Warrier's Collage May 3, 2021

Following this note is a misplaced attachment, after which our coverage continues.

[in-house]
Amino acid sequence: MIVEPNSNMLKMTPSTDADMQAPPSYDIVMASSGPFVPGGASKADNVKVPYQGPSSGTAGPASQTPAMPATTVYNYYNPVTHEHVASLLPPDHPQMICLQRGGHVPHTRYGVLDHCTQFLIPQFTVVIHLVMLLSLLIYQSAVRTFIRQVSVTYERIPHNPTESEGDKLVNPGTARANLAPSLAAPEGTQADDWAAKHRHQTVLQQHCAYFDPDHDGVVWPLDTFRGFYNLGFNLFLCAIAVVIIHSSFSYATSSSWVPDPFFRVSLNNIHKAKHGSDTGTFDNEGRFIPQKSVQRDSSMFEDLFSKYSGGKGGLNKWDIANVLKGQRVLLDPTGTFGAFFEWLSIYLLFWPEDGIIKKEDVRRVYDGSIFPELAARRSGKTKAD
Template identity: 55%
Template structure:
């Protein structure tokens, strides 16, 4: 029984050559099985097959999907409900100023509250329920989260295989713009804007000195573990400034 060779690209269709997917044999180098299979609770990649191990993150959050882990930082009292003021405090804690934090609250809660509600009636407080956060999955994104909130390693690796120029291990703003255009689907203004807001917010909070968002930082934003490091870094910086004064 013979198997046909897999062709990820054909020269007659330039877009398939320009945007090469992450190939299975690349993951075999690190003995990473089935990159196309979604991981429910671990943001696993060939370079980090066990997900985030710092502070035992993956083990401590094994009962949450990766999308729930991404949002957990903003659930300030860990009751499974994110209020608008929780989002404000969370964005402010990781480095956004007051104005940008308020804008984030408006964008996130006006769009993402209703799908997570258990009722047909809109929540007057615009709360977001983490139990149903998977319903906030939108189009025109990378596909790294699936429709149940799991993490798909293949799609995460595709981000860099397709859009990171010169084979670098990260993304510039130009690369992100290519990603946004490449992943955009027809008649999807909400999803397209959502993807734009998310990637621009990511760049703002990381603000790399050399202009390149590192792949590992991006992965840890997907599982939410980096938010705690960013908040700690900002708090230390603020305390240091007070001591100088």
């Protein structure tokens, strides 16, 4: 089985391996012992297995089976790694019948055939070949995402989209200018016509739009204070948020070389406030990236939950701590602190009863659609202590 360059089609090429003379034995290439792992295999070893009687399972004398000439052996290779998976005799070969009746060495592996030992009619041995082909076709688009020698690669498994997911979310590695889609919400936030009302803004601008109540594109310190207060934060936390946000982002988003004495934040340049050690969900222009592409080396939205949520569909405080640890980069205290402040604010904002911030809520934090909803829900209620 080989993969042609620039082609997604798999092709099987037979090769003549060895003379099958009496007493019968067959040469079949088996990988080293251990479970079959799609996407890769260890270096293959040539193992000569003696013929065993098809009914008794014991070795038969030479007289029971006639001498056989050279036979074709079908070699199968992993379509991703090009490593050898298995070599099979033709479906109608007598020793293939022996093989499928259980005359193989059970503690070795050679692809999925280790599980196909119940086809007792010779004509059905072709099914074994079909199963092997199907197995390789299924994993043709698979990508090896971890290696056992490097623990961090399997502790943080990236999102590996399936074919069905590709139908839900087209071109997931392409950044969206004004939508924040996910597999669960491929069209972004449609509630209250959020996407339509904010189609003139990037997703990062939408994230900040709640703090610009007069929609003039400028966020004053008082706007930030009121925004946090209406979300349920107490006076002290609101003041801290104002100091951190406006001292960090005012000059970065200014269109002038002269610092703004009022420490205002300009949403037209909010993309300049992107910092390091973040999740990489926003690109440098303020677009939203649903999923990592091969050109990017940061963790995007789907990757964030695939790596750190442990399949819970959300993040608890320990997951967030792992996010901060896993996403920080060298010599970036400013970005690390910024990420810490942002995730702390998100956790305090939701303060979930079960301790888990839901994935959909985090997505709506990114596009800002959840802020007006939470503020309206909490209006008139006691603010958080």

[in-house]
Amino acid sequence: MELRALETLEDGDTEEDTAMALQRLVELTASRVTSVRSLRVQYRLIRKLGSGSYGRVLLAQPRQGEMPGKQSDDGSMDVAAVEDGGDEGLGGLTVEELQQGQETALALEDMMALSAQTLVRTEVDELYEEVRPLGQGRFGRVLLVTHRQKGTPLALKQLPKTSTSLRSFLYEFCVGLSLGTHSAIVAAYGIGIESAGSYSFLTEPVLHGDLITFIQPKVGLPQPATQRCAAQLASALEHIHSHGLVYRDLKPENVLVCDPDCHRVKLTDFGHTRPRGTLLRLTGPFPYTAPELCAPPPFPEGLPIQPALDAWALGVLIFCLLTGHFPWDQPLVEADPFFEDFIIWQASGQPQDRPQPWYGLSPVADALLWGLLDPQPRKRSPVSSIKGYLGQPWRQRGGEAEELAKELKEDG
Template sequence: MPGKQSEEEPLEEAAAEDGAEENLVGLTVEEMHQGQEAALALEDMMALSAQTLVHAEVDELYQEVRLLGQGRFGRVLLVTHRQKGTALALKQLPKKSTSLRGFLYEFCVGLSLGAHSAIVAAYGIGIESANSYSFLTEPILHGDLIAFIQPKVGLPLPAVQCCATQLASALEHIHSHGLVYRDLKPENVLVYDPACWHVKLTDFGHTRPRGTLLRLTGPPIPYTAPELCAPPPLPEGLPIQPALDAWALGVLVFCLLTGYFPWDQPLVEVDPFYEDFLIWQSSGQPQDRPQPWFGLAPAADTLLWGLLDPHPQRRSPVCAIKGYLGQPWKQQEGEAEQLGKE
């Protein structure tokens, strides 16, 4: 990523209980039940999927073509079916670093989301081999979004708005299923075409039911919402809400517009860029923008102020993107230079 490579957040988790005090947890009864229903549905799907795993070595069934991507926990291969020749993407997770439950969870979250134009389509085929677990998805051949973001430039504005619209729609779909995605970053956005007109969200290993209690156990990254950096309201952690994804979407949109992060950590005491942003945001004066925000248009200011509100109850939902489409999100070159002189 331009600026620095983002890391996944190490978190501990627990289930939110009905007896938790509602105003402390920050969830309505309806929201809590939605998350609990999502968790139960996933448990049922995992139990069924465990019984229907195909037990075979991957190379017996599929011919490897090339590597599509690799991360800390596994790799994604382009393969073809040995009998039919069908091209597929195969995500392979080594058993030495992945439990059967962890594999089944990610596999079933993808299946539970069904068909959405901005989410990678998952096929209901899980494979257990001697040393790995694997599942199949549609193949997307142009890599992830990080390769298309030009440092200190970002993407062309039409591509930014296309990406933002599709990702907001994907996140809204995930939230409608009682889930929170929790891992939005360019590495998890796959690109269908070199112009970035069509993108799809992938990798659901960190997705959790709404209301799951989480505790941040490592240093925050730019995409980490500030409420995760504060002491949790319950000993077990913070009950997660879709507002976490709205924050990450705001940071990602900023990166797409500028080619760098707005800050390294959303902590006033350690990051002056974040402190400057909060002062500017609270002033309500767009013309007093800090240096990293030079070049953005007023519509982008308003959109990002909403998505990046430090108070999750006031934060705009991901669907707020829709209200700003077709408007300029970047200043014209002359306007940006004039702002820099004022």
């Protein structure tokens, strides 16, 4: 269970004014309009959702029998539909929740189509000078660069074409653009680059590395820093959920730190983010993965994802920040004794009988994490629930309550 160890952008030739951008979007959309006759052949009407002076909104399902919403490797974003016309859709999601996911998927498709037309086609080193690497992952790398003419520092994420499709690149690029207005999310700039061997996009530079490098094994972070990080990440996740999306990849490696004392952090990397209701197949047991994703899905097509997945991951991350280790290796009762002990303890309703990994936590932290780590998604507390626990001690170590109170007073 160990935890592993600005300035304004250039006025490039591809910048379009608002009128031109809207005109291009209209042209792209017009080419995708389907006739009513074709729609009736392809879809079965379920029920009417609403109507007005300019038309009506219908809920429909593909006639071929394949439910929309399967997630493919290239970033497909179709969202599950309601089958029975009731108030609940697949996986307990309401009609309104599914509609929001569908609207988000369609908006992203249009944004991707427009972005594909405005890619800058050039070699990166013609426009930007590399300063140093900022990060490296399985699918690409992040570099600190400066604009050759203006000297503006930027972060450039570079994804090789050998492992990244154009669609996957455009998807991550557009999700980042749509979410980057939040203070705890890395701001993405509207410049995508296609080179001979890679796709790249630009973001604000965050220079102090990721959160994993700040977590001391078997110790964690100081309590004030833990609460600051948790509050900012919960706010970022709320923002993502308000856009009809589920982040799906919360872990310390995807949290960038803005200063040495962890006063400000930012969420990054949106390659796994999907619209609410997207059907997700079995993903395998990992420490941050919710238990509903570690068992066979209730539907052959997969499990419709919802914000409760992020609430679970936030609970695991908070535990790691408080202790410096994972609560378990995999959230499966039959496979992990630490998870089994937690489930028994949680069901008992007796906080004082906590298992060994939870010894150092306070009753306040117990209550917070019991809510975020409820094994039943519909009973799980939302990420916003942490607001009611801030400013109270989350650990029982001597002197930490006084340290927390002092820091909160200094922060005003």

Welcome to Warrier's COLLAGE ON Monday, MAY 3, 2021 Judiciary and the Rule of Law https://youtu.be/hh5pIZtv1gw Temple Lamps in Indiay https://deccanviews.wordpress.com/2016/10/28/lamps-in-india-beauty-and-devotion/amp/ (Links selected by: M G Warrier Mumbai) Good Morning Nice Day M G Warrier M Happy Birthday to all Collage-mates having Birthday during the week ending Saturday May 8, 2021 Prayers 🙏 for Aayurarogyasaukhyam 🙏-Warrier A Interaction 1) World Laughter Day* World Laughter Day is celebrated on the first Sunday of May to remind people of the very real physical and mental health benefits of laughter. It’s no joke that laughter has a clinically proven positive effect on your well-being. And experts (yes, there are experts) agree that laughing lowers blood pressure, releases endorphins, works your abs, reduces stress hormones, and even boosts T cells that fight infection. And even if you’re not feeling it, faking it still works. *Forward received from T R S Iyer Mumbai 2) R Jayakumar Mumbai Good morning Till today I have not understood what is a regular Collage and what is a non-regular Collage and when it is a holiday for Collage! I find the Collage special everyday and never missed it on anyday. Today's Collage even if it is not regular has more material to read. Keep it up (Thanks When I don't have much time to devote to Collage, I give a notice to readers. Monday and Tuesday, I am a little busy. When it's not a "regular" issue, some content would not have been seen/read by me 🙏-Warrier) 3) G Mohandas Chennai Thought for the Day* It doesn't matter for how long the room has been dark; a day or a week or a year, or ten thousand years. The moment you bring in a candle; darkness vanishes like it was never there. Similarly, it doesn't matter for how long we are stuck in a sense of our limitations. The moment you decide to break free, nothing will stop you. Create the light of your life. *Received via Group mail B Current Affairs: Appointment New Deputy Governor for RBI Copied below is excerpt from GOI notification. Friends from RBI Thiruvananthapuram, who knew him closely during Rabi Sankar's posting there during 1990's have very high opinion about his helpful nature and sportsmanship. Congratulations and Best Wishes to T Rabi Sankar from Collage 🙏-Warrier "North Block, New Delhi 01.05.2021 The Appointments Committee of the Cabinet has approved the appointment of Shri T. Rabi Sankar, Executive Director, Reserve Bank of India to the post of Deputy Governor, Reserve Bank of India for a period of three years from the date of joining the post or until further orders, whichever is earlier. (Srinivas R Katikithala) Establishment Officer & Additional Secretary" C Readers' Contribution 1) V Babusenan Thiruvananthapuram Last night, while I was in the twilight area of sleep and wakefulness, four lines in Ezhuthacchan's 'Ramayana' came to my mind. These are the lines: "Chakshusravana galasthamaam darduram/Bhakshanatthinnapekshikkunnathuthupole/Kaalaahinaa parigrasthamaam lokavum/Aalolachethasaa bhogangal thedunnu." (Just as the frog inside the snake's throat begs for food, the world, caught in the jaws of time, is seeking pleasures in a mood of merriment.) Just like that, caught in the jaws of the deadly serpent Covid, we are busy constructing a new parliament complex and debating whether Kerala will abandon its anti-incumbency policy this time! Perhaps, it should be like that. Who knows? (Though, when it comes to piercing and paining personal issues, spirituality and philosophy may not work as efficiently as they are capable of, once we reconcile to the perishable nature of the present form of everything, we will be able to understand the context in which the frog expresses its hunger. I can give a cruel parallel. A child saved in delivery through a surgery is cleaned up and back is in the bed. It's hungry. Mother is still under Anastasia. If it's able to be in the right position, will try to quench thirst. Unconcerned about the condition of the mother or the surroundings. Hunger is like that. Totally irrelevant in this context, but remembered: https://youtu.be/hhA9s_MWUmo 2) K Balasubramanian Coimbatore Maths with Mahabharata* *An interesting forward received from a Saint. Arjuna’s Arrows and Algebra! Bhāskarāchārya (1114 -1185 CE), has been called the greatest mathematician of medieval India. He was born in Bijapur in Karnataka, and is considered the progenitor of Differential xCalculus - 500 years before Newton and Leibniz. Bhāskarāchārya wrote at least four mathematical treatises in Sanskrit. One of them, titled Leelavati, contains many algebra-related teasers in this book which have become the subject of significant research by scholars. These teasers are in the form of 'shlokas' which pose problems. The shlokas need to be interpreted correctly to decipher the meaning in order to find the solution. Take a look at the _shloka_ displayed in the infographic below. The direct meaning of this shloka is a question formulated as follows:- During the battle between Arjuna and Karna in Mahabharata, Arjuna released some arrows. Out of all the released arrows: • Half were consumed in stopping the arrows coming from Karna, • 4 times the squareroot of the arrows were consumed to control the horses of Karna's chariot. • 6 were for gaining control over Shalya, the charioteer of Karna. (Shalya was the maternal uncle of Nakula and Sahadeva.) • 3 were used to take on the umbrella of the chariot, flag of the chariot and bow of Karna. • Finally Karna was killed with a single arrow. So how many arrows were released by Arjuna in the battle? Basic algebra easily yields the answer to this question, if the equation is formulated correctly. Let the total number of arrows be X. The statements above can be reduced to the algebraic form X= X/2 + 4√X +6+3+1 If we solve this we get the value of X=100 for the number of arrows shot by Arjuna. However, the fun is not just getting the algebra right. There is so much of hidden information in this shloka. If we pause to think a little deeper about the hidden meanings: • Even for an atirathi like Arjuna, it took as many as 50 arrows to stop the arrows of Karna - it tells us about the skills of Karna. • That the horses needed 40 arrows to immobilize the chariot tells us about the kind of training given to the horses in the battle field. • When even the horses needed 40 arrows, that Shalya the charioteer surrendered with just 6 tells us that he is favouring Arjuna. • 3 arrows to take the chariot and the bow shows the helplessness of Karna. • Once everything is in control the enemy should vanquished in just a single arrow. So the rules and skills required to win such a battle 'operationally' are: firstly, stop the enemy fire-power; secondly immobilize the enemy by taking on his motive power - the horses and the driver; thirdly give him a signal about his helplessness by destroying the carriage and finally, eliminate the enemy himself. If we analyze the same shloka on the 'spiritual' side: • To attain ultimate liberation first one needs to control over his/her personal interests and desires, this is very difficult task so it takes 50 arrows. • Then take control over 5 senses and sensual pleasures indicated by the horses. The 40 arrows needed to do this indicate the difficulty of the task. • Gaining control over 5 senses will lead one to the control over the consciousness ( _manas, thought, ego_) indicated by the driver. • If all the foregoing are done, achieving the ultimate liberation (moksha) should be relatively easy. This is the greatness of our ancestors in sanatana dharma they practiced - just one _shloka_ includes so much of knowledge! Should we then not try and engage ourselves in unravelling and comprehending what little remains of whatever we have inherited 3) V N Kelkar May be a repeat. But relevant in the context of discussion on GITA initiated by Madam VJ and taken forward by honourable members. Numbers 18, 108, 1008, 10008 are all multiples of 9, added together ultimately become number 9. This can be verified (16×9 = 144; 1+4+4 = 9). The universe is constituted of three factors - time, space and causation. The universe is constituted of three Gunas - sattva, rajas and tama. The universe is constituted of the three functions - creation, preservation and destruction. Thus, this three times three making nine has become a mystic number. It exhausts the definition of the phenomenal universe. Twice nine or eighteen makes the Mahabharata scheme complete. The eighteen chapters (Parvas) in the epic define in detail the career of man on earth. The eighteen chapters in the Gita make yoga philosophy complete. The eighteen days 'warfare makes the warriors' exploits complete. Eighteen are the divisions of the armies of the contending parties - Pandavas and Kauravas. The one having seven divisions and the other eleven. Thus all the available human forces mobilised were eighteen in number. The Mahabharata is thus an exposition of the human possibilities and achievements graded into eighteen, the first multiple of nine, a mystic number. The higher multiples of it signify further ranging into divine regions. (shared) VNKelkar 4) Poem* by Rashmi Trivedi Sometimes in the dark of the night, I visit my conscience To see if it is still breathing, For its dying a slow death Every day. When I pay for a meal in a fancy place. An amount which is perhaps the monthly income Of the guard who holds the door open. And quickly I shrug away that thought, It dies a little. When I buy vegetables from the vendor, And his son "chhotu" smilingly weighs the potatoes, Chhotu, a small child, who should be studying at school. I look the other way It dies a little. When I am decked up in a designer dress, A dress that cost a bomb And I see a woman at the crossing, In tatters,trying unsuccessfully to save her dignity. And I immediately roll up my window. It dies a little. When I buy expensive gifts for my children, On return, I see half clad children, With empty stomach and hungry eyes, Selling toys at red light I try to save my conscience by buying some, yet It dies a little. When my sick maid sends her daughter to work, Making her bunk school I know I should tell her to go back. But I look at the loaded sink and dirty dishes, And I tell myself that is just for a couple of days It dies a little. When I hear about a rape or a murder of a child, I feel sad, yet a little thankful that it's not my child. I can not look at myself in the mirror, It dies a little. When people fight over caste creed and religion. I feel hurt and helpless I tell myself that my country is going to the dogs, I blame the corrupt politicians, Absolving myself of all responsibilities It dies a little. When my city is choked. Breathing is dangerous in the smog ridden metropolis, I take my car to work daily , Not taking the metro,not trying car pool. One car won't make a difference, I think It dies a little. So when in the dark of the night, I visit my conscience And find it still breathing I am surprised. For, with my own hands Daily, bit by bit, I kill it, I bury it.. .. *Forwarded to Collage by V R Chittanandam Cheñnai D Books The Age of Pandemics By Chinmay Tumbe https://harpercollins.co.in/product/age-of-pandemics-1817-1920/ Excerpts: About the book From lockdowns to lockups, viruses to vaccination, the movement of people to the movement of bowels, from rats to cats, and more, The Age of Pandemicschronicles the many facets of the cholera, plague and influenza pandemics, which claimed over 70 million lives between 1817 and 1920, with India being the epicentre in all these episodes. The book argues that the period between the early nineteenth century to the early twentieth century – an age otherwise known for the worldwide spread of the industrial revolution, imperialism and globalization – was also the ‘age of pandemics’. It documents the scale of devastation, the likely causes and consequences, and the resilience with which people faced those pandemics. The book also provides the first comprehensive coverage of the world’s greatest demographic disaster ever to descend upon a country in a short period of time – the influenza pandemic in India in 1918, which claimed more lives than all the battle casualties of World War I. And it shows the continuing relevance of learning from those times to tackle contemporary challenges, such as COVID-19. E Life 1) Sharing Joy Cherish joyful moments: https://thg.page.link/s7YAaiqmzANmEuCRA Excerpts: "Smiling brings us joy and keeps us in the present. Whether it’s on your own face or someone else’s, a smile has a contagious quality about it. Scientists call it facial mimicry and it has been linked to influencing emotions in others as well as in yourself. There is definitely a mind-body connection. So when you find yourself to be swallowed up by negativity or frustration, force yourself to smile and feel that smile. Smiling helps shift your mood when necessary. It helps you feel joy more often." 2) Bye, Negativity https://timesofindia.indiatimes.com/readersblog/feelings-in-you/the-negativity-31521/ Posted online comments: ' "shankaracharya said, when you remove ignorance, wisdom dawn\'s. in bhagavad gita, if you closely follow the dialogue, you will wonder where was the need for krishna to spend explaining so much. because most of the questions arjuna asked will give you an impression that arjuna already knew the answers. in present day world also most of the people know many things, and if they are in doubt, several optional answers are a click away. but in exercising the right option, one needs a guru\'s help. just as arjuna needed krishna\'s reaffirmation. we always need remainders like this to keep our thinking on positive track. keep writing.'" F Leisure Smile* A tabloid asked readers to give brief catchy slogans on road safety/maintenance of vehicles. Winners 1) UNDERTAKERS LOVE OVERTAKERS 2) CAR- CARESS-CARELESS- CARLESS *Forward received from A P Ramadurai Cheñnai G Quotes from RBI 1) Raghuram Rajan https://www.scoopwhoop.com/amp/11-Quotes-By-Raghuram-Rajan-That-Prove-He-Was-A-Rockstar-RBI-Governor/ While I was open to seeing these developments through , on due reflection, and after consultation with the government, I want to share with you that I will be returning to academia when my term as Governor ends on Sept. 4, 2016," Rajan wrote in his goodbye letter to RBI staff (June 2016) 2) Shaktikanta Das https://www.moneycontrol.com/news/india/never-lose-infinite-hope-rbi-governor-shaktikanta-das-quotes-martin-luther-king-jr-mahatma-gandhi-in-policy-covid-19-address-6739201.html/amp "We must accept finite disappointment, but never lose infinite hope,” Das said, quoting Nobel laureate and leader of the American civil rights movement Martin Luther King Jr. Das also quoted Mahatma Gandhi and called on people to resiliently face the pandemic. “I truly believe in the indomitable spirit of the human race which confronted the trial by virus during 2020 with resilience and fortitude and the will to survive. Let 2021 be the harbinger of a new economic era for India,” Das said.